Do you oww and ahhh over cars? I usually don’t. I drive a 2001 Chevy Blazer which still looks fine and runs great, but there are a few cars I can get excited about. A Jaguar, for instance. I believe if I got into this car I might be tempted to break the speed limit. Can you see the speed and sophistication in the design?
I like some classic cars too. The 1968 GTO is my favorite muscle car.
I’m also fond of classic Mustangs. When I was in high school I knew this girl who had a pepto pink Mustang. I don’t have a picture of it, but don’t you like the Mustang style? This is the first Mustang ever. Ford started producing them in 1964.
Liesel Wolfe, my heroine in Never Trust a Pretty Wolf, has a thing for fast Mustangs. Liesel and her father restored Mustangs before his death, a hobby she still enjoys. Besides owning several classic Mustangs, she drives a new blue Mustang. She was driving that car when she and US Marshal Andy Bryce set out on the biggest adventure of their lives.
The blue Mustang barreled down the interstate at ninety miles an hour. Why had she thought she could escape William’s reach? She didn’t know those men, but she knew plenty more just like them−cold, hardened killers who’d just as soon murder you as look at you. William had surrounded himself with such men.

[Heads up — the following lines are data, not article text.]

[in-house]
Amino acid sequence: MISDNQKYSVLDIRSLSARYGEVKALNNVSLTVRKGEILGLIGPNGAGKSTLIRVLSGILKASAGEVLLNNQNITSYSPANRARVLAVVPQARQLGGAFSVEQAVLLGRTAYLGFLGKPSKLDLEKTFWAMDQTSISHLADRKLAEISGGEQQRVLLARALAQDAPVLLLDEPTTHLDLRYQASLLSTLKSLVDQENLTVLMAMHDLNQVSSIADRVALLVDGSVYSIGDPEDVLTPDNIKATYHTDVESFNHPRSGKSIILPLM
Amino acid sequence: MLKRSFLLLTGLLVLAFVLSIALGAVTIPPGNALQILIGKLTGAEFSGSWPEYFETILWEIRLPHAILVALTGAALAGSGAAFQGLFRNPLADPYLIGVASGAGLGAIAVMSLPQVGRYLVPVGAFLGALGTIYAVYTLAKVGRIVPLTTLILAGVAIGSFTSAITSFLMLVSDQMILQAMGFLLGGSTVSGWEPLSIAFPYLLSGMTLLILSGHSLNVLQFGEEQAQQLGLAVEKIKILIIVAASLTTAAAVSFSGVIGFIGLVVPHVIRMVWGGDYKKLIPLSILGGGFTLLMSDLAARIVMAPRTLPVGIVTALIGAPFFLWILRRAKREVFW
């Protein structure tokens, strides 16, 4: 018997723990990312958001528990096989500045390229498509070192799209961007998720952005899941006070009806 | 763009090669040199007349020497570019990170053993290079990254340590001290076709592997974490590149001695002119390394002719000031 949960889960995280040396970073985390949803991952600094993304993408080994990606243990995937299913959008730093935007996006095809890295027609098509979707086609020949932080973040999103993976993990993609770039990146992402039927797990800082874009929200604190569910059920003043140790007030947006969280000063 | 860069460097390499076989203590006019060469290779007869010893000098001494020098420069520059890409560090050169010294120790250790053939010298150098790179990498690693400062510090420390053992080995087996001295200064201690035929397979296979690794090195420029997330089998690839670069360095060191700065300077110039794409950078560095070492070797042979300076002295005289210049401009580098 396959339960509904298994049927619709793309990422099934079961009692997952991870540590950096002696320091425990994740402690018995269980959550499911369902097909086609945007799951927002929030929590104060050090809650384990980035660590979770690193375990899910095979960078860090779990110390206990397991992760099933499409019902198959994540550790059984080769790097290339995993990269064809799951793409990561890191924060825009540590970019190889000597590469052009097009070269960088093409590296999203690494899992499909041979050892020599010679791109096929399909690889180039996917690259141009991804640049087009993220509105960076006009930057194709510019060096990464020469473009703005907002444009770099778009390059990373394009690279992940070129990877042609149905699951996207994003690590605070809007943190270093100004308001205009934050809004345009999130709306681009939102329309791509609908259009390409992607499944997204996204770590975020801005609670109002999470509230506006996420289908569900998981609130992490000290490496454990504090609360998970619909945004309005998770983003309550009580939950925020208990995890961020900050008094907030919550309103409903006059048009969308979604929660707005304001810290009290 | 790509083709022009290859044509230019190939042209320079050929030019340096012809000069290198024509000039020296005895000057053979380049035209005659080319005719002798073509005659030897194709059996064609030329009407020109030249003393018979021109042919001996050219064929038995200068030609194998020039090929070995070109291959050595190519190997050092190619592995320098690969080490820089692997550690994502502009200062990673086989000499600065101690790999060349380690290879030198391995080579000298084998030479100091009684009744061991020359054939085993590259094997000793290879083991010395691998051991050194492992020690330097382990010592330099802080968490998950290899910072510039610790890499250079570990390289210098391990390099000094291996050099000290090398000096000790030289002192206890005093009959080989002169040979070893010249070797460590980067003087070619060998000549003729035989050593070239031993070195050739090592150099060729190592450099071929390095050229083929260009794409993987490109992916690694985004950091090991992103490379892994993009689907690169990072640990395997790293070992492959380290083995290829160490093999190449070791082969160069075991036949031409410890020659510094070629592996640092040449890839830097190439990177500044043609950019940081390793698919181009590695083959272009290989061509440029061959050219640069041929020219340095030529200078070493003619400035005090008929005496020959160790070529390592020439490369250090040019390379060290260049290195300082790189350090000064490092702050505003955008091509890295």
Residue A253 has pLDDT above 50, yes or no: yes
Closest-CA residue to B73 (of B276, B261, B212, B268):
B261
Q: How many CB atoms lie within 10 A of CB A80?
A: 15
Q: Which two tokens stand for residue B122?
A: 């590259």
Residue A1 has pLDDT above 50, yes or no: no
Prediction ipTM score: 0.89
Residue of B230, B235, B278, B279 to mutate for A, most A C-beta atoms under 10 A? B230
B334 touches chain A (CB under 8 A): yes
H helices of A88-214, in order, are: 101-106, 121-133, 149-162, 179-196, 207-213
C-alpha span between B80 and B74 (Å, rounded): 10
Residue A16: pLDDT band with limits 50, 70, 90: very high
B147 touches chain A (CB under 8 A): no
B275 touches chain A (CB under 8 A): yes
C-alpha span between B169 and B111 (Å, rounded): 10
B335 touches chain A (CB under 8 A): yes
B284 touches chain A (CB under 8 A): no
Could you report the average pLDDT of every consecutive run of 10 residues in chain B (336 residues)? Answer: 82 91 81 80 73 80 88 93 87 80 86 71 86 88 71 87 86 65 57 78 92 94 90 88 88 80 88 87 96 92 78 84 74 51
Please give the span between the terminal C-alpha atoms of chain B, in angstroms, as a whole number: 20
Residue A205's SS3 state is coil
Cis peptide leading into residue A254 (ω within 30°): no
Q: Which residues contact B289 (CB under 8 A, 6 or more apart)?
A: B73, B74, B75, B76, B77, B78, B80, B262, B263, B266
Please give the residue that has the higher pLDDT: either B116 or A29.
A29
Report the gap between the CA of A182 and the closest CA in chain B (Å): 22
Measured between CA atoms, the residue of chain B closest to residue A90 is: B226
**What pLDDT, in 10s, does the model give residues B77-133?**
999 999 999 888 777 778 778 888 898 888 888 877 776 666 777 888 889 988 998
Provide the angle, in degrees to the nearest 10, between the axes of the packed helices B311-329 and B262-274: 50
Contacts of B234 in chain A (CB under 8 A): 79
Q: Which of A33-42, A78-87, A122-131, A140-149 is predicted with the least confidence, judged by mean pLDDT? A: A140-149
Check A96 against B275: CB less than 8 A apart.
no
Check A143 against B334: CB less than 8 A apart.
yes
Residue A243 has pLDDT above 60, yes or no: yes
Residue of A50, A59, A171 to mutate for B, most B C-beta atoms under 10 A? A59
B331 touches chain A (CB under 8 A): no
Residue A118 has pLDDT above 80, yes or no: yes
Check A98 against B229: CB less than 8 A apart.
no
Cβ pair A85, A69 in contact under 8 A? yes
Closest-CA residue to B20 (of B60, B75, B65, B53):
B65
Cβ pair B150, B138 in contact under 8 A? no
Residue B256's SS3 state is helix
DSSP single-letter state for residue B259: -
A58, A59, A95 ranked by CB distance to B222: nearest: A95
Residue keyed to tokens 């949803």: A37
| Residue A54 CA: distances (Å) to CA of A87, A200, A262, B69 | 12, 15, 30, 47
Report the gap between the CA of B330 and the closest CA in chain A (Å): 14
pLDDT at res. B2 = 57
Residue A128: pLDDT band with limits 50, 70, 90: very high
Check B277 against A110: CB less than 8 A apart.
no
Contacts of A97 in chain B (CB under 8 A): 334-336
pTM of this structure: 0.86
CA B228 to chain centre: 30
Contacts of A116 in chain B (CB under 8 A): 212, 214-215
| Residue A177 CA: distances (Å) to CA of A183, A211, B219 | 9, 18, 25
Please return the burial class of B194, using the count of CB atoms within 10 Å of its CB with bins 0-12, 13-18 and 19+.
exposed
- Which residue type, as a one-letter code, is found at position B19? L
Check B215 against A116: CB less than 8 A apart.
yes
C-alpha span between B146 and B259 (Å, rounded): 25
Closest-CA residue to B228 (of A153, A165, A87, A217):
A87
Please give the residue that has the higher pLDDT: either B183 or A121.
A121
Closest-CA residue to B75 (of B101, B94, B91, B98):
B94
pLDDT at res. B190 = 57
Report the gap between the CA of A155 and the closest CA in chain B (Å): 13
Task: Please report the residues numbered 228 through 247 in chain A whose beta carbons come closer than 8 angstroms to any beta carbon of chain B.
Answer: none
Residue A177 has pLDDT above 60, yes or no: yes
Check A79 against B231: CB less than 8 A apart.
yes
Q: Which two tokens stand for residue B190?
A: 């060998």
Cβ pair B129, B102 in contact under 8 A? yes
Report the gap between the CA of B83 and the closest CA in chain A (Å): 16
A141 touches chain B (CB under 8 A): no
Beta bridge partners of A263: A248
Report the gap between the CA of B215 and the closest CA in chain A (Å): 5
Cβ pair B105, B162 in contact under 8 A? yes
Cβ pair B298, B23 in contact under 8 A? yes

Liesel grimaced as a slow minivan blocked her way. Joseph knew the truth about William. Oh, he wasn’t any better than William, but he understood his son. Joseph hurt people or ordered hits as needed to further his ‘business’ dealings, but William killed just for the enjoyment of it.
A chill seized her when she remembered the man who had kicked her. She hated him for what he had done, but at the end she had felt nothing but pity for him. When the courts refused to punish him, William had taken justice into his own hands. He had apprehended the detective and taken him to a secluded warehouse. By the time William finished with him, she felt sure the man had wanted to die.
She had wondered why William insisted she take a ride with him that last afternoon. The doctor had told her to rest, but since she feared William she had gotten into the car with him. He had taken her to the abandoned building where the detective’s body lay. She had taken one look at him and lost her lunch.
“An eye for an eye, Liesel. We lost our baby, but he’s been punished. You can rest easy.”
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